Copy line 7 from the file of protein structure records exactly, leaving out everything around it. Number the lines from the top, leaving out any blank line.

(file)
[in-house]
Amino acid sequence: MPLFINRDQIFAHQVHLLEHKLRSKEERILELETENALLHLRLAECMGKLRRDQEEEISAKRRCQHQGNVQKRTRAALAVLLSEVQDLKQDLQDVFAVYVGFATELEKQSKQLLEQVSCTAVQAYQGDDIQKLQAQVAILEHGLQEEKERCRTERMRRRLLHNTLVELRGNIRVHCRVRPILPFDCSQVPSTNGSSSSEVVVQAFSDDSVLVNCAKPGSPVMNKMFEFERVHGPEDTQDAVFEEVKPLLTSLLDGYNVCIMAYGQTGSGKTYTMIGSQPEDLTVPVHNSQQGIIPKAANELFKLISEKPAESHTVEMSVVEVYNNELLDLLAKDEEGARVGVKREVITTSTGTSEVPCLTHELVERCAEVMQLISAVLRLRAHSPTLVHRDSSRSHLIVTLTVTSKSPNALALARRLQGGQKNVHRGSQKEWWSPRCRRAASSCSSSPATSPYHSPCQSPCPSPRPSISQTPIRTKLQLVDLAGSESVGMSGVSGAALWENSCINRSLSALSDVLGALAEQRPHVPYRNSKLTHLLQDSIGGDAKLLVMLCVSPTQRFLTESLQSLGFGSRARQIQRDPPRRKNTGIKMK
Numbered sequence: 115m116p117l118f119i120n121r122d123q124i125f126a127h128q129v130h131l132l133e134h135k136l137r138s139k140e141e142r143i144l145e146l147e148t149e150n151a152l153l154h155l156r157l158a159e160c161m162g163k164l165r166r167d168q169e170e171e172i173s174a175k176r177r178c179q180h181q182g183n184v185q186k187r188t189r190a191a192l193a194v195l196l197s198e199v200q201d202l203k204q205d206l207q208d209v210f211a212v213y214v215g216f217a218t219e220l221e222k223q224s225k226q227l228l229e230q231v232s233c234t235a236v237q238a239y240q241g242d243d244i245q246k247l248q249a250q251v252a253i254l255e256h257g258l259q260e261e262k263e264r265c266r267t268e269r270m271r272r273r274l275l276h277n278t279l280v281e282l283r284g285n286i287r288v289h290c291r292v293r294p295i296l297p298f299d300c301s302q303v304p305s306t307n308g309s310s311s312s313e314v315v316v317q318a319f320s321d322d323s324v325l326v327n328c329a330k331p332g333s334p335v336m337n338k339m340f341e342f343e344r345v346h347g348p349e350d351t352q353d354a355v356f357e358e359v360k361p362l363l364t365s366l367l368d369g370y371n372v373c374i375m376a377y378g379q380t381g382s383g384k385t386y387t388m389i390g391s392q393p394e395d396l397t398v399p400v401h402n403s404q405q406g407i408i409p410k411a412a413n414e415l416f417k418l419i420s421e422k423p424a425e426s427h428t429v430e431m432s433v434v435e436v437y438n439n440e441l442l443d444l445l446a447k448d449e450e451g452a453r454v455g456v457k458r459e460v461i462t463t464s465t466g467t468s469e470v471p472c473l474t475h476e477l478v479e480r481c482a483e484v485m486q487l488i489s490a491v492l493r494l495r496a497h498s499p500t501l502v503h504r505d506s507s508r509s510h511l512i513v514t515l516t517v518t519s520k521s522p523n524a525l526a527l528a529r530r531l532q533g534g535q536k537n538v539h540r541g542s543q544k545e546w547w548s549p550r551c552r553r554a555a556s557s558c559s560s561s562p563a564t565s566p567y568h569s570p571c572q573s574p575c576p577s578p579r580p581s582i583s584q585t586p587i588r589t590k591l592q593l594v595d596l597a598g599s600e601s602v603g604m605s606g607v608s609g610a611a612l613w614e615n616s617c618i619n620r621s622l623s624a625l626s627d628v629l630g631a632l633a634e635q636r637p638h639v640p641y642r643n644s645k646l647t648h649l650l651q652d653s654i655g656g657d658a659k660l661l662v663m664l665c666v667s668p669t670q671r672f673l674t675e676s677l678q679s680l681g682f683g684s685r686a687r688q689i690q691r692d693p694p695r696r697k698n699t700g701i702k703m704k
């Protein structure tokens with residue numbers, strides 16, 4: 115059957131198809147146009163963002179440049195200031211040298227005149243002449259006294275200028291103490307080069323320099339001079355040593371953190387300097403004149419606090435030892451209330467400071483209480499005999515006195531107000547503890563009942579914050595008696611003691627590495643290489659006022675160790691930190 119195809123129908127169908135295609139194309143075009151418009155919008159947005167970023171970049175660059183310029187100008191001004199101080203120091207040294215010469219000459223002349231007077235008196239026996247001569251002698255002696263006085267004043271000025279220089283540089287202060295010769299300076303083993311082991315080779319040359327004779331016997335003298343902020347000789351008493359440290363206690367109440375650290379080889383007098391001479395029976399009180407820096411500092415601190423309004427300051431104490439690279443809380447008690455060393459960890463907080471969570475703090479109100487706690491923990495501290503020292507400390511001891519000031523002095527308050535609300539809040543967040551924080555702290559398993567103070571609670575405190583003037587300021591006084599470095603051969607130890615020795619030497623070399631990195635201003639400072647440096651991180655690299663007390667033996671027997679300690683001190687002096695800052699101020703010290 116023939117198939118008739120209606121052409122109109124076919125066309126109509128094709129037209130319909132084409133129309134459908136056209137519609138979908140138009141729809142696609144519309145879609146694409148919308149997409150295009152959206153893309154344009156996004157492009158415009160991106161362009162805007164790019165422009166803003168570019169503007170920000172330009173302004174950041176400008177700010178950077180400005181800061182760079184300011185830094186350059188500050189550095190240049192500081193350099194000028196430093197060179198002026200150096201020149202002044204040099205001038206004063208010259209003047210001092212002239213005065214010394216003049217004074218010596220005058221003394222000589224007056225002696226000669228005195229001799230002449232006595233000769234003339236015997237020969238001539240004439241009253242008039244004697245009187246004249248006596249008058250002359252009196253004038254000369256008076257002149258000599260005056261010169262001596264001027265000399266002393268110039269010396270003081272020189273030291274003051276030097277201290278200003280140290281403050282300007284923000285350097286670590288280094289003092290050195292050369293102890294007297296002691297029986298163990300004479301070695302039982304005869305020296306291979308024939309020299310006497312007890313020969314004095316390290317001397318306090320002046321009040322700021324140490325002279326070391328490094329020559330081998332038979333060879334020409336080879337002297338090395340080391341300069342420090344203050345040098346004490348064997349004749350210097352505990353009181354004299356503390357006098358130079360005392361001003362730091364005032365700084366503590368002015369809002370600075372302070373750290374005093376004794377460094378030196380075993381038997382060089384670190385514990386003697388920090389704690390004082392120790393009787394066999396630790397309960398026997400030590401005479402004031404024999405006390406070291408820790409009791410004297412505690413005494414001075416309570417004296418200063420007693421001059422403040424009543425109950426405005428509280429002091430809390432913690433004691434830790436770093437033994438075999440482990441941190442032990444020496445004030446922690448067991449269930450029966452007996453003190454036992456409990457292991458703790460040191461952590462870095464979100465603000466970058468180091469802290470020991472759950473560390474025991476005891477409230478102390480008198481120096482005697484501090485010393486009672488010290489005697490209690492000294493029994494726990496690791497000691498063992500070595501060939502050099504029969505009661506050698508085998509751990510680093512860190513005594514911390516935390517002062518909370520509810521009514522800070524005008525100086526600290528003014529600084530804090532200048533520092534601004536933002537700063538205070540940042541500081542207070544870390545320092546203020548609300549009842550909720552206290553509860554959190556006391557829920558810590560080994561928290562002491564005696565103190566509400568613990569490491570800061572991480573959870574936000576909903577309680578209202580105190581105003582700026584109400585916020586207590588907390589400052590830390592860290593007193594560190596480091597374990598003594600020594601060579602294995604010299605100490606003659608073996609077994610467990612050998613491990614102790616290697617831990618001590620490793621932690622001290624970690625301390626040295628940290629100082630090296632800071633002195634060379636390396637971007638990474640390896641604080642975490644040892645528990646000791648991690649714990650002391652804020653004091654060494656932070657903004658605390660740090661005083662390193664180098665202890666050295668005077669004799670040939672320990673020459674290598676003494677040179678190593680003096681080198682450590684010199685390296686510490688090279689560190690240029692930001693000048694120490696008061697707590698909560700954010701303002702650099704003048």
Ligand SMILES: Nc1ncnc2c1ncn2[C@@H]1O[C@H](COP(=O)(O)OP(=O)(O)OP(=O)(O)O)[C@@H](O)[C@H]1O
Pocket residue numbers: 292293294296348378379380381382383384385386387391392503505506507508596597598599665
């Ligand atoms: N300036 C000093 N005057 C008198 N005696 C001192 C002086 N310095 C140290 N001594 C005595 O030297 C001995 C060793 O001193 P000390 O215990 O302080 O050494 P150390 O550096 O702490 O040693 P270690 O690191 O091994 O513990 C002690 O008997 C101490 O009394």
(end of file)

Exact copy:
């Ligand atoms: N300036 C000093 N005057 C008198 N005696 C001192 C002086 N310095 C140290 N001594 C005595 O030297 C001995 C060793 O001193 P000390 O215990 O302080 O050494 P150390 O550096 O702490 O040693 P270690 O690191 O091994 O513990 C002690 O008997 C101490 O009394």